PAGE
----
Researchers were able to find 126 unique proteins from a frozen wooly mammoth in the first ever “shotgun sequence” of fossil protein content.1
The same team confirmed similar but fewer proteins in a Columbian mammoth fossil found in a temperate, not permafrost, climate. They said that the frozen wooly mammoth was 43,000 years old, but this is impossible to reconcile with the integrity and array of the discovered proteins.
A small international team analyzed the mammoth bones and published their findings in the Journal of Proteome Research.2 They used “the world’s fastest and most sensitive ion trap mass spectrometer,” according to the product’s website.3 Older versions of similar technology could only detect large amounts of proteins, but this new machine is able to accurately identify small amounts.
The result was an unprecedented array of proteins, including serum albumin, which plays the essential role of transporting hormones in animals. Most of the proteins were actually fragmented but digitally stitched together to reconstruct their original forms.
North Carolina State University paleontologist Mary Schweitzer, who discovered a few intact proteins in ancient dinosaur fossils in earlier studies, told science news site ProteoMonitor, “The discovery and sequencing of proteins other than collagen is a major advancement to the growing field of ‘paleoproteomics’ [the study of ancient proteins].”4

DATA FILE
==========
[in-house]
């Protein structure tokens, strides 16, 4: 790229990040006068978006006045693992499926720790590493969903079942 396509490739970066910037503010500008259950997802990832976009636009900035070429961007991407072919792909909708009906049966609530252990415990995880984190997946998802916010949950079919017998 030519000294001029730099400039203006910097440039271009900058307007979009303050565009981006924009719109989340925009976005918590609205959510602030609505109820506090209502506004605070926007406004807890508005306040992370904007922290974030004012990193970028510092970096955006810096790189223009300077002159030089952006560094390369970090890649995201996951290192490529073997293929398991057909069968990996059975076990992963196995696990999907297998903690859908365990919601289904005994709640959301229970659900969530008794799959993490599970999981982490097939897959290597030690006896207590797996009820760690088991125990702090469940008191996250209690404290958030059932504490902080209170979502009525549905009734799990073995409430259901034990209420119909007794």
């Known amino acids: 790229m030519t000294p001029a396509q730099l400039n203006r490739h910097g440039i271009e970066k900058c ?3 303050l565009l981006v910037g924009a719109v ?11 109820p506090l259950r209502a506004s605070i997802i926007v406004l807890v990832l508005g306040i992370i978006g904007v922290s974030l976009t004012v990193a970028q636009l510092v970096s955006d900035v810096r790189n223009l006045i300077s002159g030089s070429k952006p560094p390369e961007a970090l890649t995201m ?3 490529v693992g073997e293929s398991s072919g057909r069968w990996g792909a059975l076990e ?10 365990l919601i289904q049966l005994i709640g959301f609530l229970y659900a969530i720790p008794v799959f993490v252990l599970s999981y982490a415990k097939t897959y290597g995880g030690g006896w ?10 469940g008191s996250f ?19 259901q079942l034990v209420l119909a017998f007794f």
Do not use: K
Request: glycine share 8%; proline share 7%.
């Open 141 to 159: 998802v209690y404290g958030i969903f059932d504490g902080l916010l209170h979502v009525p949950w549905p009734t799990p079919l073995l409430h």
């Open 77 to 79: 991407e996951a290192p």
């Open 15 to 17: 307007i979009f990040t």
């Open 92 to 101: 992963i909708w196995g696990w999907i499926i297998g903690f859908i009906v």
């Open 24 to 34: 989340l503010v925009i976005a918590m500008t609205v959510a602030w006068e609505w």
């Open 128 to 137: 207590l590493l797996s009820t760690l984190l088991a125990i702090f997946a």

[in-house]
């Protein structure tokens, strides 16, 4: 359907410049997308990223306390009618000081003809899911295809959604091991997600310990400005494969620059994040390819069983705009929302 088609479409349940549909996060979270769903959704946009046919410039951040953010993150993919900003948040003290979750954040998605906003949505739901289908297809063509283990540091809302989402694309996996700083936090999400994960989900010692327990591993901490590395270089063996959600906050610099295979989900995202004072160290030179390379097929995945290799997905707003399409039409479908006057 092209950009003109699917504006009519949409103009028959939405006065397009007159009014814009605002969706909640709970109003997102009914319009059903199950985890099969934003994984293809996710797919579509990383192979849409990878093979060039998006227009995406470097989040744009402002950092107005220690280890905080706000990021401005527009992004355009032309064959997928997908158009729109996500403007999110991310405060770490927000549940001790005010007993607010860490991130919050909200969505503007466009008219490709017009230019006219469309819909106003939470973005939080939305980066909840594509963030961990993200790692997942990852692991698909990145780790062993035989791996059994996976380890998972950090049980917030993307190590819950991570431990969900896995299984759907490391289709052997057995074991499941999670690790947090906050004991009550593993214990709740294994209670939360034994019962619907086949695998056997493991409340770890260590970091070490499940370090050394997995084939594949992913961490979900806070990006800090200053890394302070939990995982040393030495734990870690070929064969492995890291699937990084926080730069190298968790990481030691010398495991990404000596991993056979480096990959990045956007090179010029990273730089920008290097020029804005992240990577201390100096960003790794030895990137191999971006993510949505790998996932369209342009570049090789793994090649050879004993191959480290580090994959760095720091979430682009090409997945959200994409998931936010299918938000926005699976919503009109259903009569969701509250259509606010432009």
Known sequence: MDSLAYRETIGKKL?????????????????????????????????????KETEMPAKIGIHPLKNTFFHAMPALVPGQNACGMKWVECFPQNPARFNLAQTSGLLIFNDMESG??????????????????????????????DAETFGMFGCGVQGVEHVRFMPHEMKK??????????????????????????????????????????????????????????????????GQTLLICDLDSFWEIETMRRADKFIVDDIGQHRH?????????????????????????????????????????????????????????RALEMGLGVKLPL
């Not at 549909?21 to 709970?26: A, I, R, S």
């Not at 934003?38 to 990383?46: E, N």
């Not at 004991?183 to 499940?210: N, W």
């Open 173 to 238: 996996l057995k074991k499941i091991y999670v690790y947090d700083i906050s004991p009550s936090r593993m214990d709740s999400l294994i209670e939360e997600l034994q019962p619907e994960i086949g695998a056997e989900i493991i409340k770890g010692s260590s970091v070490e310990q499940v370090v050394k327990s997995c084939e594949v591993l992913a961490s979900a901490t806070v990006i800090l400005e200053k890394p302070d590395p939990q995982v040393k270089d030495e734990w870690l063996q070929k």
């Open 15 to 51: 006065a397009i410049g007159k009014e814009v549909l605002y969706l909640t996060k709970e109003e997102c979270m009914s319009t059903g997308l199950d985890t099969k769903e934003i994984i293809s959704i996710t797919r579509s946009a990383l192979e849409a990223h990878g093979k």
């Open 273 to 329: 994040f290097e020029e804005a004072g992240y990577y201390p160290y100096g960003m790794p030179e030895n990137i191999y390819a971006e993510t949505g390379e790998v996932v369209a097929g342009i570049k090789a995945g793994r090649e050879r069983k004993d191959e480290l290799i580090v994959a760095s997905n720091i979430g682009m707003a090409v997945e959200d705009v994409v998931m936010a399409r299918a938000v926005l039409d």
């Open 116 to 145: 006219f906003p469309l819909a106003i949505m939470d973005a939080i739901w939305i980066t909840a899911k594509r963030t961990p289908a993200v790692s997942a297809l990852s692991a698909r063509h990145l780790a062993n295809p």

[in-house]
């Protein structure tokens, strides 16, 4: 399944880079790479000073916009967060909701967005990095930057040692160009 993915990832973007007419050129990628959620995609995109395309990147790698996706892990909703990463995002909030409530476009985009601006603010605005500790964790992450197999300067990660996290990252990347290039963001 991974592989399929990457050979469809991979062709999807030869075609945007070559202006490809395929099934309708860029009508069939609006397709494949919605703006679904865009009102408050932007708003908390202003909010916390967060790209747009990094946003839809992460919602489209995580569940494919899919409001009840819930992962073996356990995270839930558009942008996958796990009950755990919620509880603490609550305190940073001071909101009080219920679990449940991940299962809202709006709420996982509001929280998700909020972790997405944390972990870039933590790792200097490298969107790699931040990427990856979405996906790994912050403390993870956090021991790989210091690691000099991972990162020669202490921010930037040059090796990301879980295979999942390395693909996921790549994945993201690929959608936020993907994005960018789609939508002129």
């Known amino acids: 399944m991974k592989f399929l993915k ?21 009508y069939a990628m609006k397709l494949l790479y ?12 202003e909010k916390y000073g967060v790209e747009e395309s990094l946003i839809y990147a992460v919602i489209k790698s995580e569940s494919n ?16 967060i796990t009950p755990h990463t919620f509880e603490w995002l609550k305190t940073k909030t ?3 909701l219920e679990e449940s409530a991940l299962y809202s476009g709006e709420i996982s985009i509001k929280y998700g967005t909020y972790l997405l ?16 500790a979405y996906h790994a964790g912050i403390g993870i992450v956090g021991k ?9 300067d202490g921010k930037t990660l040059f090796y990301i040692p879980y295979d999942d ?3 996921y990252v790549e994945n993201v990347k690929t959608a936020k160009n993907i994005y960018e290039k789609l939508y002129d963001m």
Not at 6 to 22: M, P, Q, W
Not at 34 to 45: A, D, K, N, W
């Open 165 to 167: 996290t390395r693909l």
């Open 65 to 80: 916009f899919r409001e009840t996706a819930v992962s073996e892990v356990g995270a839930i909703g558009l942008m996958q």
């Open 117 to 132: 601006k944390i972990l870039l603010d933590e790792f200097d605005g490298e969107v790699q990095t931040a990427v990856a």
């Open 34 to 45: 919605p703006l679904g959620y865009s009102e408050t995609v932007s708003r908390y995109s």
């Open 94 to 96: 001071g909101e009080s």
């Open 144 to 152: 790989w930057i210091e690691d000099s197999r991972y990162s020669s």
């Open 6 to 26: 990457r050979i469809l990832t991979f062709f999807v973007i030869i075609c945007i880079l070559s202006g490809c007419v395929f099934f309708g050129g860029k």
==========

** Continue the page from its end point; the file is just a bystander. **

Schweitzer and a host of colleagues sequenced dinosaur proteins that included collagen, elastin, and laminin, even though dinosaurs are considered to be millions of years older than mammoths.5 Scientists know that such proteins exist in the spaces between cells, like in bone and connective tissues. But Schweitzer’s team had used the older detection technology, and paleontologists now want to try this newer equipment on more samples in the hopes that it will reveal even more protein sequence information…
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